Your stories are very powerful, in a modest kind of way. You get us attached to your characters, and then something happens that makes that feeling of relationship matter.
I personally, as someone who fancies herself a writer of sorts, really, really identify with Marlene. Down to internally writing her story throughout her day, or obsessing over the order of the words, or being quiet, or trying to substitute writing for real life, I feel that Iíve been there. It makes this more painful, but beautiful, for me because I can imagine reaching for a pen at the last moment of life.
Iím not sure that anything beyond this would be doing the story any justice. Except to say well-done, and itís a wonderful story.
Happy Valentineís Day!
--lilyAuthor's Response: The nice lllb wrote this because she could get into the character so entirely. The smaller, more devious lllb knew it would attract readers because every single member of this site can probably relate in one way or another. But hey, I'm coming clean. Knowing me, I WILL have a pen in hand on my deathbed.
Thank you for such lovely reviews! I've been sitting here forever, responding, and they keep going! I'm so pleased!!! Report Review
I don't have words good enough to describe how impressed I am with this one-shot- even with only the one chapter, Marlene's personality as you have portrayed it came across as clear as day, and it was definitely tangible and believable. I loved the little interjections of her story, and how you ended the fic with it still unfinished and her thoughts still with it. Literally, there is nothing I could possibly criticise about this fic- it was one of the most original I've read :D
-- JessAuthor's Response: Thank you! I strive to get some sort of originality into what I write, and sometimes it comes out better than others. I figured, what better to write about than a wanna-be author? I certainly know the feeling. Report Review
Excuse my fawning fangirl review, but, wow, this was awesome.
Writing a story about writing: you did it very well. The way that Marlene's thoughts jumped from life to story was very realistic (I do that all the time!) and I love how even in times so mundane as breakfast, she was thinking about her story. Oh, wow.
The end was simply heartbreaking. Oh my.
'A thousand untold stories graced my lips, and my hand reached instinctively for a quill to detail the unexplainable event of dying.' - that line was just...wow. Even as she dies, she's got her stories on the brain. Realistic or what?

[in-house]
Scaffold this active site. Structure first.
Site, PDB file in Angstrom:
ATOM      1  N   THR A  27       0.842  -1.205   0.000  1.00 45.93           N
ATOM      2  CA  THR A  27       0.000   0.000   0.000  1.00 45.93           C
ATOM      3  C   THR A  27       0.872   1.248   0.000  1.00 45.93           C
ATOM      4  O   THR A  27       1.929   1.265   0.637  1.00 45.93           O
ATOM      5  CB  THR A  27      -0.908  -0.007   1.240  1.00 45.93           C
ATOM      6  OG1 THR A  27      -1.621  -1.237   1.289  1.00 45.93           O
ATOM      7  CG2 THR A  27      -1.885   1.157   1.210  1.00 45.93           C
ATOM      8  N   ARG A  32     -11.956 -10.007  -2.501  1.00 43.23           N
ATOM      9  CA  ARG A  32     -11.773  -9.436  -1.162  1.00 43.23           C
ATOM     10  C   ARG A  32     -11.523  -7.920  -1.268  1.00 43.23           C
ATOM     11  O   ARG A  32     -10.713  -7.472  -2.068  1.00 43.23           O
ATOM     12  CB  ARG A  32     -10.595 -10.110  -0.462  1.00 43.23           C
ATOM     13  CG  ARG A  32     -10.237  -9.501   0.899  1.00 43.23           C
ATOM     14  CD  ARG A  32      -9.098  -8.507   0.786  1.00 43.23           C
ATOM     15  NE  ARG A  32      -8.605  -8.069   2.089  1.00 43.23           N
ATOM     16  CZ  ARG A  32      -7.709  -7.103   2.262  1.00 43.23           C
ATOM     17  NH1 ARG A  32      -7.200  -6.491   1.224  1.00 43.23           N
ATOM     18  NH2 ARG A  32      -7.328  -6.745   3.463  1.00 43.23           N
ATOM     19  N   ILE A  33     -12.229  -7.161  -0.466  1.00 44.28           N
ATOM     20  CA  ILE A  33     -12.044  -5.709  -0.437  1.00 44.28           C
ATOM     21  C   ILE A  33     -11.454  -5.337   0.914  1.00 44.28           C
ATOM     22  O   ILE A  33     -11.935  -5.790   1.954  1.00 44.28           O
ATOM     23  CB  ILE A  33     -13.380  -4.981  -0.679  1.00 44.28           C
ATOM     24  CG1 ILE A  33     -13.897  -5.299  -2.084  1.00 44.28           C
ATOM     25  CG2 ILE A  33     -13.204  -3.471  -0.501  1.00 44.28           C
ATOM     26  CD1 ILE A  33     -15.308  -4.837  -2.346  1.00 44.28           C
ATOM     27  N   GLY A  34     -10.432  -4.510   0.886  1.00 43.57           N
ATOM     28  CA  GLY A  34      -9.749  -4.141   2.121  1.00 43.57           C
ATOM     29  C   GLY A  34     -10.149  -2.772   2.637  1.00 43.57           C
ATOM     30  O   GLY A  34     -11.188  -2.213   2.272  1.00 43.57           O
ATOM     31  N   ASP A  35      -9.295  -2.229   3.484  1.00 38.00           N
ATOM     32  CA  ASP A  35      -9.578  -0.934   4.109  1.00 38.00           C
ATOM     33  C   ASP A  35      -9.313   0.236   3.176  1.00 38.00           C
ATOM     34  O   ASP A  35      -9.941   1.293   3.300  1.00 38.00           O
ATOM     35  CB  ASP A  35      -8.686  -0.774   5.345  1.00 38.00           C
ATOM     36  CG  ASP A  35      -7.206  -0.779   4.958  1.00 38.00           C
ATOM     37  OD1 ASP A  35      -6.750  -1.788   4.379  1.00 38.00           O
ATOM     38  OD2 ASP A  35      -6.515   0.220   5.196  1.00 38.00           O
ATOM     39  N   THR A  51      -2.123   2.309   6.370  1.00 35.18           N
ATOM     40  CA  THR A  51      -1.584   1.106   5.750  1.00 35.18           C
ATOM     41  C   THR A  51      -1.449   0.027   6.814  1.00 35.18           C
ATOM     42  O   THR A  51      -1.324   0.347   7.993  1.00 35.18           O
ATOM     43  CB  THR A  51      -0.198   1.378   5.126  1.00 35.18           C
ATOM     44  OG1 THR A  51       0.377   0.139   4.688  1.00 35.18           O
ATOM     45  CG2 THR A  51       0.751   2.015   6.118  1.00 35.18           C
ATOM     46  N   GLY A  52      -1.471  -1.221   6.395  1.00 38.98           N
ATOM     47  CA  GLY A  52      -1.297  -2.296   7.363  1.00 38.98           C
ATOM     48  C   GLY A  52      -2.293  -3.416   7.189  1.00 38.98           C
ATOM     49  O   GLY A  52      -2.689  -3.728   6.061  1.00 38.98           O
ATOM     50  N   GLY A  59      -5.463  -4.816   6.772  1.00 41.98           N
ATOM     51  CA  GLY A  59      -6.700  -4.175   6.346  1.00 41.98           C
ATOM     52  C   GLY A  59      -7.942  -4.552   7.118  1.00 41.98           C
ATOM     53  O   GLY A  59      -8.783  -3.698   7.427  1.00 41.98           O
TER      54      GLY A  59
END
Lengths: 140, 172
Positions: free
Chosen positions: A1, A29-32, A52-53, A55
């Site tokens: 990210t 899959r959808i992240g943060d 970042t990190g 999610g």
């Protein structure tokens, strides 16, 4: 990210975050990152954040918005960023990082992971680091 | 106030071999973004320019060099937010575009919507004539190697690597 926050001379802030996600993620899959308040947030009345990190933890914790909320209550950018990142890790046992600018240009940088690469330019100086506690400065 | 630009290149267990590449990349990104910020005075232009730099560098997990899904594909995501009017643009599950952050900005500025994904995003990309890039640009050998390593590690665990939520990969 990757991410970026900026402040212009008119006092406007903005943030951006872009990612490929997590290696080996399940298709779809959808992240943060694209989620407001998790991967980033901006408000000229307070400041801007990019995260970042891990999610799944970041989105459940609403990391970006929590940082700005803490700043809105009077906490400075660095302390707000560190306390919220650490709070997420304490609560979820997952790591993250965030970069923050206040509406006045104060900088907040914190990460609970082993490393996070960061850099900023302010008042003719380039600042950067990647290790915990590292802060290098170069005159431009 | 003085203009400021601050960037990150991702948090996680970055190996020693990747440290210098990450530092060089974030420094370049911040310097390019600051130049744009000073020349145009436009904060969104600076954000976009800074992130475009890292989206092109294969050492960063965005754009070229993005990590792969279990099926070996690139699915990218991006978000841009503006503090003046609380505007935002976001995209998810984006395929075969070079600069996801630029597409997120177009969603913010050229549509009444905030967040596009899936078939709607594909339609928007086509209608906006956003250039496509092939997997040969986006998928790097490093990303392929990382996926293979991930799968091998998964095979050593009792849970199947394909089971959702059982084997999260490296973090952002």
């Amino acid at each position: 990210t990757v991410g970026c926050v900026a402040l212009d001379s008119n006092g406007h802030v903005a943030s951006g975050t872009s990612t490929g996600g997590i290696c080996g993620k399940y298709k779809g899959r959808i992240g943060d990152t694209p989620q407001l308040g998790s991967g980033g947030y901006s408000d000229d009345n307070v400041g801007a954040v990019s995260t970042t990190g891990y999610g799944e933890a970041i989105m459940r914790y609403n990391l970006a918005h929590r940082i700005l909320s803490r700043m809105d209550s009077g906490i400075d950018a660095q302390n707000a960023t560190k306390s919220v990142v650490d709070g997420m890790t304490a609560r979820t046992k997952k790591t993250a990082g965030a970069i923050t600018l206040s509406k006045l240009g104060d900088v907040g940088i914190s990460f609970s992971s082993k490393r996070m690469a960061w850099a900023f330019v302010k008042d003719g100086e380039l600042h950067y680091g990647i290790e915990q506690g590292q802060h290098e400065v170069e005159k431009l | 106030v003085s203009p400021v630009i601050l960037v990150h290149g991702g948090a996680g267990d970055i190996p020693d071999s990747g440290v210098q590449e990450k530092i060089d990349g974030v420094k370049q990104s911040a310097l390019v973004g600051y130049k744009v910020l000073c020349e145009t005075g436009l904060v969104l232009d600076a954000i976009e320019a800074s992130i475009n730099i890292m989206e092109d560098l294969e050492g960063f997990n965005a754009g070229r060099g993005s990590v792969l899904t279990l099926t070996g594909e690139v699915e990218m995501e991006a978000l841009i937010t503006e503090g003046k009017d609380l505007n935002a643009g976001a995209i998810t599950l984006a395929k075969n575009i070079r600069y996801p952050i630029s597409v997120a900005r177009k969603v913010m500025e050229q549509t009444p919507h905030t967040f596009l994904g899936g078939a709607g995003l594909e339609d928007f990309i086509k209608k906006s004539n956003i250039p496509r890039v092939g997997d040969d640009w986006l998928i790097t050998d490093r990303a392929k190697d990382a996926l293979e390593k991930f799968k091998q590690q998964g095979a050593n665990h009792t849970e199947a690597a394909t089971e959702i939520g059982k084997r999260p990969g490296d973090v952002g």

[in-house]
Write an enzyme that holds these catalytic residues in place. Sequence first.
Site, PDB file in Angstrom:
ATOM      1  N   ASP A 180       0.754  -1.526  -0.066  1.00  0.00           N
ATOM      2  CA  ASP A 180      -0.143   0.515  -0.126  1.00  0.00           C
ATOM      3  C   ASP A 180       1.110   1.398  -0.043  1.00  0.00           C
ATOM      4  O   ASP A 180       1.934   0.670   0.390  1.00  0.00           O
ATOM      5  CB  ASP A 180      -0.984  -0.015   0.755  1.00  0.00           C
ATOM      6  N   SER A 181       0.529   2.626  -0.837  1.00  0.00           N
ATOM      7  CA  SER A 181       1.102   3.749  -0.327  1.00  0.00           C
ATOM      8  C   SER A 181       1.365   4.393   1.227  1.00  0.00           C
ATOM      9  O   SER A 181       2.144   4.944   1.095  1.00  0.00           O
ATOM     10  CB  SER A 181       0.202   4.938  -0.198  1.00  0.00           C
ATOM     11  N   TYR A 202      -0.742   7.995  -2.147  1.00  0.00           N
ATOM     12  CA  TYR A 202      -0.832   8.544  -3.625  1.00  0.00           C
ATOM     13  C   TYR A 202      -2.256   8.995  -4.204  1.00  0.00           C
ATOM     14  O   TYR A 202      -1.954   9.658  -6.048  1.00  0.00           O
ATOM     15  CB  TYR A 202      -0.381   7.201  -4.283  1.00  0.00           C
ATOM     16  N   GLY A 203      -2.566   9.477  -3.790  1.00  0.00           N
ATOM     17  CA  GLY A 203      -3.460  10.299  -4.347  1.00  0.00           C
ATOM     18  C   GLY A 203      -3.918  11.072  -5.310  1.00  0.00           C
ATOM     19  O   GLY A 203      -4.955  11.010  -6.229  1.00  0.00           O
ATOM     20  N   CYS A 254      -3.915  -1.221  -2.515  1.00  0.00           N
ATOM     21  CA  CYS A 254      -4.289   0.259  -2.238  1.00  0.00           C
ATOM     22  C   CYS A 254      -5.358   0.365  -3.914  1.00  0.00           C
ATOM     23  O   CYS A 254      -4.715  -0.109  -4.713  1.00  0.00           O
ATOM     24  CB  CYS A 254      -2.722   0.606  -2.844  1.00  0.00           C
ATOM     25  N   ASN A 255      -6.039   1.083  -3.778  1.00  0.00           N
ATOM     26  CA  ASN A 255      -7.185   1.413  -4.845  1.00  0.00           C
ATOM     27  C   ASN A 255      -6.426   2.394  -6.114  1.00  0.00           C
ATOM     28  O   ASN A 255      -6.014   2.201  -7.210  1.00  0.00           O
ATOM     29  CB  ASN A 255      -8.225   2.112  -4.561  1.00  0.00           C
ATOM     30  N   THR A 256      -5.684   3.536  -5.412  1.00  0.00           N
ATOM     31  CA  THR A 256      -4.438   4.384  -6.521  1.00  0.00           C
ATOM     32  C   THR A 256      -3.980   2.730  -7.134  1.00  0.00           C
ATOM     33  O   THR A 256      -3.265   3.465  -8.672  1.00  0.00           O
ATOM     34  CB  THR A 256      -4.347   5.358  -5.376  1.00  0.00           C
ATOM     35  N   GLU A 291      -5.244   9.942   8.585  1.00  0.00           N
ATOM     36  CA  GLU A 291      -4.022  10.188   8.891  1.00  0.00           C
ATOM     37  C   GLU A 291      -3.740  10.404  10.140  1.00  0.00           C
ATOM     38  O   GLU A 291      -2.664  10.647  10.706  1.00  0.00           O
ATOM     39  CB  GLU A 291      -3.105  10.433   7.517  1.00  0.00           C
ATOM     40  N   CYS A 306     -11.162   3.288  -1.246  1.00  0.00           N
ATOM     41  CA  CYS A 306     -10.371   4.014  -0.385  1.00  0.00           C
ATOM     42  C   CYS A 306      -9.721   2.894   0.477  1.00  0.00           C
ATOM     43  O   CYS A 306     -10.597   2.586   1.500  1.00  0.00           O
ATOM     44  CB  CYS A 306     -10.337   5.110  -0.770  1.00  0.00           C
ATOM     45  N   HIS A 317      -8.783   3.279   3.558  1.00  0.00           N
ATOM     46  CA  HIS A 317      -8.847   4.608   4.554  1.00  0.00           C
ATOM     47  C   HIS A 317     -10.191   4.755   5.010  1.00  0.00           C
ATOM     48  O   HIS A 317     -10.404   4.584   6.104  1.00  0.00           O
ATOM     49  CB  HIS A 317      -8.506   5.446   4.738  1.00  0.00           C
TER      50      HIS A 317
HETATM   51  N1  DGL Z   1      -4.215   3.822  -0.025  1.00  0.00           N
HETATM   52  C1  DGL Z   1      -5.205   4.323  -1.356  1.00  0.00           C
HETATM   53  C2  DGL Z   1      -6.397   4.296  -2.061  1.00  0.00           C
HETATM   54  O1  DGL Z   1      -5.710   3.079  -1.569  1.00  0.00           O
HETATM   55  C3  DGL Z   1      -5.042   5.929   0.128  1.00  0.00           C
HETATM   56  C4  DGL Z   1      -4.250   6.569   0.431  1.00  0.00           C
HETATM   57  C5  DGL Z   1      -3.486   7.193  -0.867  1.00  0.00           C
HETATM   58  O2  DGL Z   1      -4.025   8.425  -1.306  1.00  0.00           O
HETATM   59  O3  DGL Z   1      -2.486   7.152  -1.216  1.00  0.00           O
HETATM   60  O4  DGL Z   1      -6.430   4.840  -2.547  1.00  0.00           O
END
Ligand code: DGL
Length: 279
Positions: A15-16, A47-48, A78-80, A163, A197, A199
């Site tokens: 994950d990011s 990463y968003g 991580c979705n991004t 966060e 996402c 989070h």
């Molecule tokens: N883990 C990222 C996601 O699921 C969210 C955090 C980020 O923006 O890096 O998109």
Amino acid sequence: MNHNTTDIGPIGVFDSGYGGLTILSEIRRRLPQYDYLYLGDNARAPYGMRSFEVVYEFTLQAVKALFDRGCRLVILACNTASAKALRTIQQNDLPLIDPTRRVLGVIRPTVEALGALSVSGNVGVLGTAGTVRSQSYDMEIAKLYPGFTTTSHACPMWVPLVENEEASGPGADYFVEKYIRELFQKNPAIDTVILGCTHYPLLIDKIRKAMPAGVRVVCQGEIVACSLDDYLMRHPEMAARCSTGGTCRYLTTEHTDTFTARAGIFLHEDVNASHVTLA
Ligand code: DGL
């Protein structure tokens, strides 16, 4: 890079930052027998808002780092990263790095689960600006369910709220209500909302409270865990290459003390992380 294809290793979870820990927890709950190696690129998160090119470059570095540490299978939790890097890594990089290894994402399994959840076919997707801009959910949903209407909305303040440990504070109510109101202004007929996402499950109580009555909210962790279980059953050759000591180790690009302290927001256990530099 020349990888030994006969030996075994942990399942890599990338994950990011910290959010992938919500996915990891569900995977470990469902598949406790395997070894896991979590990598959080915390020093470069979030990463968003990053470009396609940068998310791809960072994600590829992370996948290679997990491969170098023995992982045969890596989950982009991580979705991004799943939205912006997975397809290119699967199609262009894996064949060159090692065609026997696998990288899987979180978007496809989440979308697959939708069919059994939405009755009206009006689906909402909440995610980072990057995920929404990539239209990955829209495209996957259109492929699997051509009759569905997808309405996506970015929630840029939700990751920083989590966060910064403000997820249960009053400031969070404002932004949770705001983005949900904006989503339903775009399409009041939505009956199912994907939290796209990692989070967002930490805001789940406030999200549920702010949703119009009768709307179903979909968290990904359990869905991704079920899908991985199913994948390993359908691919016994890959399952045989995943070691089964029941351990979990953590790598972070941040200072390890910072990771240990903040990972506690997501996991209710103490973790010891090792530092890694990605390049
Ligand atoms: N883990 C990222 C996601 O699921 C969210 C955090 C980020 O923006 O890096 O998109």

I wish I could offer you some constructive criticism, but I have none. This was simply fabulous.Author's Response: Thanks for the lovely review! My thoughts tend to jump back and forth between reality and fantasy, so to me it was natural for Marlene's to do that as well. Glad you enjoyed it so much! Report Review
Poor Marlene! Oh my goodness. I'm practically speechless right now.
I love the beginning. I love how she corrects herself, no, always proofreading her words. :D The line that sticks out the most to me, though, is "blond McKinnon hair stained the dirt."
I just said the word out loud to get a feel of it. You know, some words are just so graphical and you definitely know how to use them. I remember when you beta'd my collab story, you told me to add more description. Your description here is really amazing and it flows so well! :D
~foundriapenguinAuthor's Response: Thanks so much! One of my favorite things when reading books is the way authors use words in ways that they aren't typically known for. Description isn't my thing at all, so words like the stained example disguise my lack of real description. :P Report Review
I don't even know what to say to explain to you how amazing this story is. I am not joking when I say this is one of the -best- stories I have ever read, period. I don't care if it's fanfiction. It's right up there with the original stuff.
Seriously. I just love the way you incorporated a writer into this, how her story was a mirror image to her emotions and what was going on. This is published quality work.
The only thing were a few missing words here and there, but it was nothing a quit edit wouldn't fix.
I'm totally putting in a word with CherryBear about this story and how it totally deserves to win her challenge. I'm not even sure if she's chosen a winner yet, but good grief. This story deserves it. The beginning was just as powerful as the end.
Into the favorites.